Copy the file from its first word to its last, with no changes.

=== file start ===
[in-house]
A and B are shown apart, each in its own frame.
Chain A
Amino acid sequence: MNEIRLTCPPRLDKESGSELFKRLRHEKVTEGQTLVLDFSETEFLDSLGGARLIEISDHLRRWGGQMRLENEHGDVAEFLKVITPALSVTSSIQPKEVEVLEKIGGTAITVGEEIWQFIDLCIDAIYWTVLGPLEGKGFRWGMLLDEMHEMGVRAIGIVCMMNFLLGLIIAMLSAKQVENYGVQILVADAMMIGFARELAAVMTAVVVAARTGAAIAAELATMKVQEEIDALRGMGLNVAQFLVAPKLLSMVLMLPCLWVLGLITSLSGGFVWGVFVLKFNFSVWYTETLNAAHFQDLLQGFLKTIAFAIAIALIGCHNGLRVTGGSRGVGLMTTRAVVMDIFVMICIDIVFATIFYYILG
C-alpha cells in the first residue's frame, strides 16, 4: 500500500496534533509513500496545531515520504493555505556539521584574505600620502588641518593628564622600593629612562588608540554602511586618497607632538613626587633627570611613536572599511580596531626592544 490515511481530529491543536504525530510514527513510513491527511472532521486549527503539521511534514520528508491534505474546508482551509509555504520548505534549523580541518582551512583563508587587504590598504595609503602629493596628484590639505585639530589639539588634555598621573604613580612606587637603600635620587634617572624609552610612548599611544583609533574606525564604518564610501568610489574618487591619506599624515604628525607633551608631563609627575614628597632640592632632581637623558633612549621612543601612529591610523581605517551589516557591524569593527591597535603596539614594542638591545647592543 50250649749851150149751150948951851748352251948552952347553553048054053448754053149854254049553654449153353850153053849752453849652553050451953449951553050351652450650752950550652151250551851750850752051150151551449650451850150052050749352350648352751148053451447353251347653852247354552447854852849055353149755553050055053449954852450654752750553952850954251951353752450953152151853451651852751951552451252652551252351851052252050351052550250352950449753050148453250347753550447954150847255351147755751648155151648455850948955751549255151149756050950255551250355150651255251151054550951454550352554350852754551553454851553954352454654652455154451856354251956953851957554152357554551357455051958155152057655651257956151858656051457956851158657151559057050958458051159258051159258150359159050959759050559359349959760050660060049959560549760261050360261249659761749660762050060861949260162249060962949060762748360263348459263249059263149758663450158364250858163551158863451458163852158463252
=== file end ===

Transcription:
[in-house]
A and B are shown apart, each in its own frame.
Chain A
Amino acid sequence: MNEIRLTCPPRLDKESGSELFKRLRHEKVTEGQTLVLDFSETEFLDSLGGARLIEISDHLRRWGGQMRLENEHGDVAEFLKVITPALSVTSSIQPKEVEVLEKIGGTAITVGEEIWQFIDLCIDAIYWTVLGPLEGKGFRWGMLLDEMHEMGVRAIGIVCMMNFLLGLIIAMLSAKQVENYGVQILVADAMMIGFARELAAVMTAVVVAARTGAAIAAELATMKVQEEIDALRGMGLNVAQFLVAPKLLSMVLMLPCLWVLGLITSLSGGFVWGVFVLKFNFSVWYTETLNAAHFQDLLQGFLKTIAFAIAIALIGCHNGLRVTGGSRGVGLMTTRAVVMDIFVMICIDIVFATIFYYILG
C-alpha cells in the first residue's frame, strides 16, 4: 500500500496534533509513500496545531515520504493555505556539521584574505600620502588641518593628564622600593629612562588608540554602511586618497607632538613626587633627570611613536572599511580596531626592544 490515511481530529491543536504525530510514527513510513491527511472532521486549527503539521511534514520528508491534505474546508482551509509555504520548505534549523580541518582551512583563508587587504590598504595609503602629493596628484590639505585639530589639539588634555598621573604613580612606587637603600635620587634617572624609552610612548599611544583609533574606525564604518564610501568610489574618487591619506599624515604628525607633551608631563609627575614628597632640592632632581637623558633612549621612543601612529591610523581605517551589516557591524569593527591597535603596539614594542638591545647592543 50250649749851150149751150948951851748352251948552952347553553048054053448754053149854254049553654449153353850153053849752453849652553050451953449951553050351652450650752950550652151250551851750850752051150151551449650451850150052050749352350648352751148053451447353251347653852247354552447854852849055353149755553050055053449954852450654752750553952850954251951353752450953152151853451651852751951552451252652551252351851052252050351052550250352950449753050148453250347753550447954150847255351147755751648155151648455850948955751549255151149756050950255551250355150651255251151054550951454550352554350852754551553454851553954352454654652455154451856354251956953851957554152357554551357455051958155152057655651257956151858656051457956851158657151559057050958458051159258051159258150359159050959759050559359349959760050660060049959560549760261050360261249659761749660762050060861949260162249060962949060762748360263348459263249059263149758663450158364250858163551158863451458163852158463252